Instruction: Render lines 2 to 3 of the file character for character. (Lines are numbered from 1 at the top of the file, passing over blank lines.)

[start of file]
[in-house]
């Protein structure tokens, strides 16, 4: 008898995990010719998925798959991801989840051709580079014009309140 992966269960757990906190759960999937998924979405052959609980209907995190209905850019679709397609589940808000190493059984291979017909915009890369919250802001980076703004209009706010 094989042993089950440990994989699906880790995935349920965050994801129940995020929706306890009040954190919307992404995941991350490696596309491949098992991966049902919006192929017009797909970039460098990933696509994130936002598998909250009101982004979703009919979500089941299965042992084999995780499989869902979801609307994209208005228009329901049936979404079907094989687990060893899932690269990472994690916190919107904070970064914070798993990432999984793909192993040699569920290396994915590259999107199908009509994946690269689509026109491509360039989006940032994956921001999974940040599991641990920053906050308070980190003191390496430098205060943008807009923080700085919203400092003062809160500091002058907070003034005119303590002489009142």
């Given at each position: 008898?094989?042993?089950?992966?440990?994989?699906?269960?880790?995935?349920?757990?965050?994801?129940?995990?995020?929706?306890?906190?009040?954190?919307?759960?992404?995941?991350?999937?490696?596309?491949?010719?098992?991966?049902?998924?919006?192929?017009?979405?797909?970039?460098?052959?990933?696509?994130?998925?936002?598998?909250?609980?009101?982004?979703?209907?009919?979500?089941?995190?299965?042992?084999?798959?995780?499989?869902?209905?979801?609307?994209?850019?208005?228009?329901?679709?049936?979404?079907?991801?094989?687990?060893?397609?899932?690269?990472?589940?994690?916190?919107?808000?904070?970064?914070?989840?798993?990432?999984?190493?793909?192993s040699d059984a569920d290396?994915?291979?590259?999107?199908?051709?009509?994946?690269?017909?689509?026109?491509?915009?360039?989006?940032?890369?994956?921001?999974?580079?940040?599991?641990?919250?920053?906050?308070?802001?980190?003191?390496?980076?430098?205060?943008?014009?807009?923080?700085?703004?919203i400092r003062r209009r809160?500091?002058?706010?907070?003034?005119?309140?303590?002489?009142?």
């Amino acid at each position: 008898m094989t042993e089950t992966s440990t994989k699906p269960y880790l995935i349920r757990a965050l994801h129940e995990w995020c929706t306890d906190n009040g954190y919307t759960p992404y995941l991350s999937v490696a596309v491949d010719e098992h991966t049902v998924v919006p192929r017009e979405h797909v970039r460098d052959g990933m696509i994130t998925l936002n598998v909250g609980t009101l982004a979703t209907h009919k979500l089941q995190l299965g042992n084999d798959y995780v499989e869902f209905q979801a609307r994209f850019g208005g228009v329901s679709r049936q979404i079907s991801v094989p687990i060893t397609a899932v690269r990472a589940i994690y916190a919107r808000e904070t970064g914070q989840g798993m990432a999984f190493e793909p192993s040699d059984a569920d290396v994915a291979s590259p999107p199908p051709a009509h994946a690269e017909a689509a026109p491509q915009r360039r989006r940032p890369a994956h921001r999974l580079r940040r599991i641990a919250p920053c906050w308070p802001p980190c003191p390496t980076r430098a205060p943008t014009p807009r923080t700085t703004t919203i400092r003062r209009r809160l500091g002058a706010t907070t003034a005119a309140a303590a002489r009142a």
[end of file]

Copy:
């Protein structure tokens, strides 16, 4: 008898995990010719998925798959991801989840051709580079014009309140 992966269960757990906190759960999937998924979405052959609980209907995190209905850019679709397609589940808000190493059984291979017909915009890369919250802001980076703004209009706010 094989042993089950440990994989699906880790995935349920965050994801129940995020929706306890009040954190919307992404995941991350490696596309491949098992991966049902919006192929017009797909970039460098990933696509994130936002598998909250009101982004979703009919979500089941299965042992084999995780499989869902979801609307994209208005228009329901049936979404079907094989687990060893899932690269990472994690916190919107904070970064914070798993990432999984793909192993040699569920290396994915590259999107199908009509994946690269689509026109491509360039989006940032994956921001999974940040599991641990920053906050308070980190003191390496430098205060943008807009923080700085919203400092003062809160500091002058907070003034005119303590002489009142």
């Given at each position: 008898?094989?042993?089950?992966?440990?994989?699906?269960?880790?995935?349920?757990?965050?994801?129940?995990?995020?929706?306890?906190?009040?954190?919307?759960?992404?995941?991350?999937?490696?596309?491949?010719?098992?991966?049902?998924?919006?192929?017009?979405?797909?970039?460098?052959?990933?696509?994130?998925?936002?598998?909250?609980?009101?982004?979703?209907?009919?979500?089941?995190?299965?042992?084999?798959?995780?499989?869902?209905?979801?609307?994209?850019?208005?228009?329901?679709?049936?979404?079907?991801?094989?687990?060893?397609?899932?690269?990472?589940?994690?916190?919107?808000?904070?970064?914070?989840?798993?990432?999984?190493?793909?192993s040699d059984a569920d290396?994915?291979?590259?999107?199908?051709?009509?994946?690269?017909?689509?026109?491509?915009?360039?989006?940032?890369?994956?921001?999974?580079?940040?599991?641990?919250?920053?906050?308070?802001?980190?003191?390496?980076?430098?205060?943008?014009?807009?923080?700085?703004?919203i400092r003062r209009r809160?500091?002058?706010?907070?003034?005119?309140?303590?002489?009142?």